Book and Lyrics by Tom Eyen
Music by Henry Krieger
Original Broadway Production
Directed and Choreographed by
Michael Bennett
Directed by Mark S. Hoebee
Musical Director/ Conductor Marc Falcone
Choreography by Brenda Braxton
Starring Frenchie Davis
The Fifth Avenue Musical Theatre Company
1308 5th Avenue, Seattle, WA 98101/ (206) 292-ARTS

Reviewed by Jerry Kraft

I love it when I finally get the chance to see a show that I've heard about, but have never seen produced, especially when it's one by someone as important and influential as the late Michael Bennett. "Dreamgirls", a look at a 60's girl-group very much like the Supremes, was his final show, and it opened to mixed reviews but considerable commercial success, especially after winning half a dozen Tonys. Because of it's talent demands, and the high cost of its elaborate physical production, it isn't a show you'll ever see on community theatre or middling regional theatre schedules. Even Seattle's 5th Avenue Musical Theatre Company, the premiere producer of big scale musicals in the Northwest, needed to enlist Sacramento's California Musical Theatre and the American Musical Theatre of San Jose in order to marshal the necessary resources.

With a cast headed by the dynamic Frenchie Davis, and an ensemble drawn from New York, Los Angeles, San Jose and Sacramento, a design team featuring sets by Robin Wagner, lighting by Tom Sturge and recreations of the original Theoni V. Aldridge Broadway costumes, Director Mark S. Hoebee and Choreographer Brenda Braxton had plenty of talent to work with. The happy result is one of the brightest, most exciting and genuinely impressive Seattle productions in recent memory. Whether the show itself is a complete success remains an issue of spirited debate, but here it's presented with finish, vigor, passion and pizzazz.

The story is centered on the character of Effie White, whose star-talent is relegated to singing backup, then being dropped from the group entirely when her look doesn't fit the commercial concept. While they reunite in the finale, to provide the semblance of a happy ending, the show is less a behind-the-music expose than it's a parable of the whole grand, gaudy, bullshit and dazzle, triumph and heartbreak life of the stage. Every character in the show feels like some element of Michael Bennett, and it is that personal quality, that intimate exposure in flamboyant costume, that makes it all rise above being simply a rags-to-riches cliche. Frenchie Davis has a big, imposing voice and a lot of drama. Her well-known backstory, as a bright talent on the much-exposed "American Idol", and her subsequent disqualification as a result of a previous over-exposure in some candid photographs, gives her a particular affiliation with this role. Much more importantly, she has the kind of presence that makes her nobody's second choice, and a vulnerability that mixes with pride into a kind of survivor's grace. Her rendition of "And I'm Telling You I'm Not Going" was both the musical and dramatic highlight of the show. As a working mother and show-biz has-been in the second act, she made "One Night Only" both a declaration of her independence and a plea for acknowledgement. Only in the end, when she rejoins the Dreams, was she something less than fully dynamic, and I think that's a problem with the show's construction, not with her performance.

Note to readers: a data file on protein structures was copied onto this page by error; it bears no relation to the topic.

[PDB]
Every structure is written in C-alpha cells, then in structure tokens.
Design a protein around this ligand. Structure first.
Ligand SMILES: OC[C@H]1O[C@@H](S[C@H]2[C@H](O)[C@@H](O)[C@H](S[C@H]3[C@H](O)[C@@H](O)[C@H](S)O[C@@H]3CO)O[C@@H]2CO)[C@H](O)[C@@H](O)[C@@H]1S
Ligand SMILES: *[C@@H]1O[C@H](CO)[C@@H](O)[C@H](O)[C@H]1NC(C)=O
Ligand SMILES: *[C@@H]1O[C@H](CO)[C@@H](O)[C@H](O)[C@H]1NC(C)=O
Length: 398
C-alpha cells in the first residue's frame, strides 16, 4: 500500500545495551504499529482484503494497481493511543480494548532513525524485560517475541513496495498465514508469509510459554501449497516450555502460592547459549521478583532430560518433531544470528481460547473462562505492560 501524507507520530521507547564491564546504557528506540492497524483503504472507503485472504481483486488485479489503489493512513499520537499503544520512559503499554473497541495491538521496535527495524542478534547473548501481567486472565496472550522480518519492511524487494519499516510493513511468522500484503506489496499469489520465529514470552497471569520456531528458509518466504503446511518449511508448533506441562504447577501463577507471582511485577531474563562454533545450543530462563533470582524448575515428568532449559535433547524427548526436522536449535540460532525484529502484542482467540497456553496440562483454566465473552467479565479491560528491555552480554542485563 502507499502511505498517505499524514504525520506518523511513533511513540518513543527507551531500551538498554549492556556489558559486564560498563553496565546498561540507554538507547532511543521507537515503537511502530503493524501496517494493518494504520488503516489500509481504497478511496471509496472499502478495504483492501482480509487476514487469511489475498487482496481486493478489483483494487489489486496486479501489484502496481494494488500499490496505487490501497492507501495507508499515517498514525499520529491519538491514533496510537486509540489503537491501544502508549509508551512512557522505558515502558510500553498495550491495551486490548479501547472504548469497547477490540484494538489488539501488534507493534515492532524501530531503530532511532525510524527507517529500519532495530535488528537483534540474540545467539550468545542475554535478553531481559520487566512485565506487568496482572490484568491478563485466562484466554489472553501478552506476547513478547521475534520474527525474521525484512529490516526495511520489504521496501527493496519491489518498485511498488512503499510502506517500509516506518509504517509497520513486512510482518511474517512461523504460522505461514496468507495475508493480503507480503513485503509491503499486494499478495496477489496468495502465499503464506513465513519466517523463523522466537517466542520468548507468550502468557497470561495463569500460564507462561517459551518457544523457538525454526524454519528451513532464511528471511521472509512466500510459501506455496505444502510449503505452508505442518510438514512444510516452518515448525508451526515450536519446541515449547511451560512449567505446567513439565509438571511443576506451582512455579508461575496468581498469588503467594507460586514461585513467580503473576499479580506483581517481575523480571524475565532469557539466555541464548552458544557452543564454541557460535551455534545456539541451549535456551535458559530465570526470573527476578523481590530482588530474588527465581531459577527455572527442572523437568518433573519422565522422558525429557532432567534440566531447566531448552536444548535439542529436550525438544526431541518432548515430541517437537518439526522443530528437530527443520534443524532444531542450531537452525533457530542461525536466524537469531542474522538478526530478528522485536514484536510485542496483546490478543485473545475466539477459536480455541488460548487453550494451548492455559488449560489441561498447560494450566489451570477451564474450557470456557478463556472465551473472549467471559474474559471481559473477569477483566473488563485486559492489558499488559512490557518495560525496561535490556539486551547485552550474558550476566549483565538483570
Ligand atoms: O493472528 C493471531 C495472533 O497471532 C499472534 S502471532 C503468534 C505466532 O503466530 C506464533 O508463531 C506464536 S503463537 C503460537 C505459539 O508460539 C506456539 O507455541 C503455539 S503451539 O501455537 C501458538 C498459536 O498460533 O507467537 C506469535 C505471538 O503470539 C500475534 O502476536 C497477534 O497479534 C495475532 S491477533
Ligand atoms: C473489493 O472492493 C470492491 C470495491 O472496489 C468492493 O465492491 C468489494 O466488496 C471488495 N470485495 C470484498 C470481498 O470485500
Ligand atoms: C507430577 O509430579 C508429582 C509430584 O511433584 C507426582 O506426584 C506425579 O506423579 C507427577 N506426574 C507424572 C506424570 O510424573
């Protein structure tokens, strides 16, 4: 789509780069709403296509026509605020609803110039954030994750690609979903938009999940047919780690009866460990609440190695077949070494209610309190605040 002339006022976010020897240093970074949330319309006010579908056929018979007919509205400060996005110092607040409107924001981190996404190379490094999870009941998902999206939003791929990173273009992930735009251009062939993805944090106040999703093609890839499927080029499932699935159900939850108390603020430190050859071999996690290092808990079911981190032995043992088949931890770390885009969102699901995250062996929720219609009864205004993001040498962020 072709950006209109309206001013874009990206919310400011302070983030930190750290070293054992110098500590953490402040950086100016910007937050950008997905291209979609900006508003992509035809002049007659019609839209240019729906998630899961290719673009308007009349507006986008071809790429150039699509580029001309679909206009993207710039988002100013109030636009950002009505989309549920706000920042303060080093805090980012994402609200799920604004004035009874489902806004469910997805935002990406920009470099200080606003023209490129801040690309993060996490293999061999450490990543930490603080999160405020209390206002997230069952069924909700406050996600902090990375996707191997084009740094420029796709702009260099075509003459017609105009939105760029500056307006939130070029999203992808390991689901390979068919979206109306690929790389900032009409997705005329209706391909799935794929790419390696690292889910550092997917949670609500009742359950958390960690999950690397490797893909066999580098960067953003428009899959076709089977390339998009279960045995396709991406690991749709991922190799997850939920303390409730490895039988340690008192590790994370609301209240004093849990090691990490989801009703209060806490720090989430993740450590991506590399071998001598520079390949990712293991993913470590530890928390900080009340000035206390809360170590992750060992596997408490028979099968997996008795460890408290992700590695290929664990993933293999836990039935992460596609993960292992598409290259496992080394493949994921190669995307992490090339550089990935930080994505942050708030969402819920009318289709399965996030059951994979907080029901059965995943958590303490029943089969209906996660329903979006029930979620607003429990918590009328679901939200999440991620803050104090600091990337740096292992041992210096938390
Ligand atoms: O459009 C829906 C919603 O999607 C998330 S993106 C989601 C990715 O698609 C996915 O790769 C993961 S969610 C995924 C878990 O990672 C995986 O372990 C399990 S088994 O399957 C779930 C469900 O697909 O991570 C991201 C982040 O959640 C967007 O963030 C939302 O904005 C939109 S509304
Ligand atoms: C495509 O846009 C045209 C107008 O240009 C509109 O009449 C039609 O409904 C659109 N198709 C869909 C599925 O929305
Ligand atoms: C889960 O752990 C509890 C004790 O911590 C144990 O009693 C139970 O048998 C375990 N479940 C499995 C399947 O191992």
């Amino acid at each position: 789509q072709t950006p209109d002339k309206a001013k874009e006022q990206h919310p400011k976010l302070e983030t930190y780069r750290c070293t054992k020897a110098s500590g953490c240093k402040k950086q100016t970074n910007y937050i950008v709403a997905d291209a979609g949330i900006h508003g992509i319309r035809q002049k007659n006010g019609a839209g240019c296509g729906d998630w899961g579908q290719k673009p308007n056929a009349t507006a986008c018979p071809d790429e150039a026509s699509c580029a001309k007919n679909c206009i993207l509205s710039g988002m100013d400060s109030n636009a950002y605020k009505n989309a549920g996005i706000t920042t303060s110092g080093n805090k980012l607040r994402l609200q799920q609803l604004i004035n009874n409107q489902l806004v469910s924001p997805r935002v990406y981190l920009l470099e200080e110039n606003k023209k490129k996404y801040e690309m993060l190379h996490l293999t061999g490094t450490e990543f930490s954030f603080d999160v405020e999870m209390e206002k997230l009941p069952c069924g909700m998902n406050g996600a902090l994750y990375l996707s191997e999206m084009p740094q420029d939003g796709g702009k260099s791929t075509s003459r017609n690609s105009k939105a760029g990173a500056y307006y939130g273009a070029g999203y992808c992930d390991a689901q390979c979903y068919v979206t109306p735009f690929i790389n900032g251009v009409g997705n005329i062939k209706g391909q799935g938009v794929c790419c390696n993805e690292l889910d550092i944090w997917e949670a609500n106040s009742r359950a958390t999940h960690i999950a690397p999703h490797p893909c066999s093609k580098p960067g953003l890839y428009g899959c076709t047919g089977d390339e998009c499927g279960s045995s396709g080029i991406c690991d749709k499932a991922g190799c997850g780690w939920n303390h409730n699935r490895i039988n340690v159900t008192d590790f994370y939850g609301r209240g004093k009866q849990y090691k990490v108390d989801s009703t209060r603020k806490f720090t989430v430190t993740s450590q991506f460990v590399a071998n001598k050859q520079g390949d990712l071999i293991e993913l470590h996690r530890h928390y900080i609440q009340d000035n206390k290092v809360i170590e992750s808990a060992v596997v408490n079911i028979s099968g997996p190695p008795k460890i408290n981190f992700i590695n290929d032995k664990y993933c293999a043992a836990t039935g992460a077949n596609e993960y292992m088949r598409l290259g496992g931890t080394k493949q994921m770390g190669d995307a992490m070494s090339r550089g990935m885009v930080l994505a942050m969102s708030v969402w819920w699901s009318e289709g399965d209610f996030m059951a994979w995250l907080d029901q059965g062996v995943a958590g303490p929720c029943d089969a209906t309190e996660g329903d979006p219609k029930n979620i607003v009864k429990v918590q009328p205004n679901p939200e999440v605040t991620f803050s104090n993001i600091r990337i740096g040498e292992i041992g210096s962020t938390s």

As solid as Frenchie Davis' performance was, an impressive star in the central role is the least of the casting difficulties in doing "Dreamgirls". Fortunately, all three of the young women who made up the singing group, The Dreams (Ramona Keller, LaVon D. Fisher, and especially Angela Robinson) were gorgeous and terrific, every bit believable as a pop music sensation. Ms. Robinson makes the familiar story of Diana Ross seem fresh and touching, convincingly creating a mega-star trapped in adulation and frustration. In the key role of Curtis, the manager, David Jennings is a powerful actor who commands the stage with his charm and authority, while neatly drawing a portrait of a man who acquires enough that he becomes a prisoner of his fear of losing it all. James Thunder Early is an R&B headliner who first hires the girls as his backup singers, and whose own rise and fall parallels Effie's. He only has to be exciting, wildly theatrical and sympathetically human. Harrison White accomplishes all that, and when he finds his first big hit, "Steppin' To the Bad Side", we see not only the birth of a star, but the start of a great style of popular music. His betrayal and eventual irrelevance is excruciating.

Nearly everything about the technical production of this show is first-rate, from the glorious costume fantasies to the brilliant engineering of the sets, so integral to maintaining Bennett's seamless flow of action through music. The Musical Direction of Marc Falcone was excellent, although the sound from where I sat was often a bit shrill and cutting. I spoke with friends in other parts of the theatre and they didn't have the same problem, so I assume it's another example of the notorious difficulty of tuning the sound in that house. It was my only quibble with the physical production. There is so much that's truly remarkable in this show, and even more that's admirable in this mounting.

I still feel that the resolution isn't entirely earned, and that leaves the show feeling a bit too contrived. But along the way we encounter so much great musical theatre writing, so much pure showmanship, and such a rich variety of great music that it's all much more satisfying than one expects. I doubt I'll see another production of "Dreamgirls" for some time to come, and I feel privileged and delighted to have seen it done by so much great talent, in such a rich and abundant presentation.

Return to Home Page